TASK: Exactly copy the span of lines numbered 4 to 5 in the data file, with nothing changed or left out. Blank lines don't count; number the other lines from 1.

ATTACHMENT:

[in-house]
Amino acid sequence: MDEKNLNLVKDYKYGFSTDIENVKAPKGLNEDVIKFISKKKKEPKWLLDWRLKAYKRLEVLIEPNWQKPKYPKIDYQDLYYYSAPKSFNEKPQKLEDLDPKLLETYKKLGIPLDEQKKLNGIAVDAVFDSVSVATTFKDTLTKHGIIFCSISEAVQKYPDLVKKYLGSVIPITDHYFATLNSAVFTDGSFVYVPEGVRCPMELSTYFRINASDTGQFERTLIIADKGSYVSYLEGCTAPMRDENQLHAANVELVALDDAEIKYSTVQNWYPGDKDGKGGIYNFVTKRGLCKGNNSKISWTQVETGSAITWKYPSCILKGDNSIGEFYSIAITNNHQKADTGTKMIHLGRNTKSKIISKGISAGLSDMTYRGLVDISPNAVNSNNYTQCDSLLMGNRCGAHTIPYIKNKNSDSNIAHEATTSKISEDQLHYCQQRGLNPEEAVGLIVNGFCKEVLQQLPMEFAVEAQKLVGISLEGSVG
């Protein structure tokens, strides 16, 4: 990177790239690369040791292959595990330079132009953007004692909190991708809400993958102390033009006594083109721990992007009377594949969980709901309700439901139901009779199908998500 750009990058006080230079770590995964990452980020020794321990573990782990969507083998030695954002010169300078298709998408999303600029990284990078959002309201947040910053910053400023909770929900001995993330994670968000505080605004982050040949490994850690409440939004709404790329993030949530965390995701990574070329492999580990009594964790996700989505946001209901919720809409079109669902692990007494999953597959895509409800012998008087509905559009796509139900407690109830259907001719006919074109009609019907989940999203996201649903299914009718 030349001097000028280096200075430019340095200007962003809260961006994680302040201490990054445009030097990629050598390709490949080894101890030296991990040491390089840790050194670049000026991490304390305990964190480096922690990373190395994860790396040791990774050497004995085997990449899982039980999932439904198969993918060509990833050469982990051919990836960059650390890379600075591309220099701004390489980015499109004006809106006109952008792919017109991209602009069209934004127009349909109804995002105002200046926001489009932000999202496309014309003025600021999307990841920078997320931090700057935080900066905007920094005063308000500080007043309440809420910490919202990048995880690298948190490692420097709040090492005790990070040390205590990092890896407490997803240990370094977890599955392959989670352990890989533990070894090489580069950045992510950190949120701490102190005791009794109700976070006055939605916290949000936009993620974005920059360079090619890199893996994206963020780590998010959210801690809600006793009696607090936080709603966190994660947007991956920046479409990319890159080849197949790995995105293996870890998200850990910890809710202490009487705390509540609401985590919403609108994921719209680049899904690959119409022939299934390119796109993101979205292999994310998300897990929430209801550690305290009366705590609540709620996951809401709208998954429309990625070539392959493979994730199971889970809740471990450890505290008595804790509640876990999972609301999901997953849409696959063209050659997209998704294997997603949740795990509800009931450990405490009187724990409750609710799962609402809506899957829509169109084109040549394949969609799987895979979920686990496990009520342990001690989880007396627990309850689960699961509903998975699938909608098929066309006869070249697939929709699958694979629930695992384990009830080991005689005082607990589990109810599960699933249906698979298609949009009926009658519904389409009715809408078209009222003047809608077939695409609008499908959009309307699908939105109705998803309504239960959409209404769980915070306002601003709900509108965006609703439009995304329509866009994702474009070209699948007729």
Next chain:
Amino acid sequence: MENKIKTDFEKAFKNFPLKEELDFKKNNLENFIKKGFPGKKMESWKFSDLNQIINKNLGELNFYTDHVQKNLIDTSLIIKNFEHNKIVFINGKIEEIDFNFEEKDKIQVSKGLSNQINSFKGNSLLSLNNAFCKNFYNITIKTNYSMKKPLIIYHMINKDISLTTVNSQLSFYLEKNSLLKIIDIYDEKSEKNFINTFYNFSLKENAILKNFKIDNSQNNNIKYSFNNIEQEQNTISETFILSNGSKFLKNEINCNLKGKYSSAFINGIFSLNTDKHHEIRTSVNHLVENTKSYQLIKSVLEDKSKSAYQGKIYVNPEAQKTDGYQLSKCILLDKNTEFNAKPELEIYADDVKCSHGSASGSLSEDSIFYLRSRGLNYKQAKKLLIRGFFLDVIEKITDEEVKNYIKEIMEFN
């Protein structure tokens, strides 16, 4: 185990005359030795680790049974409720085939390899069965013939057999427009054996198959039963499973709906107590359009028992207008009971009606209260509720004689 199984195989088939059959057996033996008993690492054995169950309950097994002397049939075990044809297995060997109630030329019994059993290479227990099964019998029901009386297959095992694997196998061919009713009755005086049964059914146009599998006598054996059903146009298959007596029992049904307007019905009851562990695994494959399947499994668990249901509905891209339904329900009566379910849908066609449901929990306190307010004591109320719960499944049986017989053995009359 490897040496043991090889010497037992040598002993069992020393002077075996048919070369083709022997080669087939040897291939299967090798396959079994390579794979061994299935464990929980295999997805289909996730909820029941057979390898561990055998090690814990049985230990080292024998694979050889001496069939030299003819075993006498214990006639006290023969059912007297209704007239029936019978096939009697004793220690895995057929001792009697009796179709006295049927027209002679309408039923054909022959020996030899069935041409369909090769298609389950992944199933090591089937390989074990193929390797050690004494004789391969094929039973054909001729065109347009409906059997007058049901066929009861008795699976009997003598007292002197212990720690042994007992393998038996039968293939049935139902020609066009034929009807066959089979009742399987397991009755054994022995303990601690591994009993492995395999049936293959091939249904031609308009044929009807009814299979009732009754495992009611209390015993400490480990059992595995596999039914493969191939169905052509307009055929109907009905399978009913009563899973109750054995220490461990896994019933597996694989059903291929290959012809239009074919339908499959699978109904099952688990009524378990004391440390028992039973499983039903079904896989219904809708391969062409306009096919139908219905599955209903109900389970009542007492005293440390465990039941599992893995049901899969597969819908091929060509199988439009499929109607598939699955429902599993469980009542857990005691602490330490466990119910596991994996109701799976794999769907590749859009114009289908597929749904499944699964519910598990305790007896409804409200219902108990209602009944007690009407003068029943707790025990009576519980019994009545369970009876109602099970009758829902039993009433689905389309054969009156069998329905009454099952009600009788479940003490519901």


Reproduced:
Next chain:
Amino acid sequence: MENKIKTDFEKAFKNFPLKEELDFKKNNLENFIKKGFPGKKMESWKFSDLNQIINKNLGELNFYTDHVQKNLIDTSLIIKNFEHNKIVFINGKIEEIDFNFEEKDKIQVSKGLSNQINSFKGNSLLSLNNAFCKNFYNITIKTNYSMKKPLIIYHMINKDISLTTVNSQLSFYLEKNSLLKIIDIYDEKSEKNFINTFYNFSLKENAILKNFKIDNSQNNNIKYSFNNIEQEQNTISETFILSNGSKFLKNEINCNLKGKYSSAFINGIFSLNTDKHHEIRTSVNHLVENTKSYQLIKSVLEDKSKSAYQGKIYVNPEAQKTDGYQLSKCILLDKNTEFNAKPELEIYADDVKCSHGSASGSLSEDSIFYLRSRGLNYKQAKKLLIRGFFLDVIEKITDEEVKNYIKEIMEFN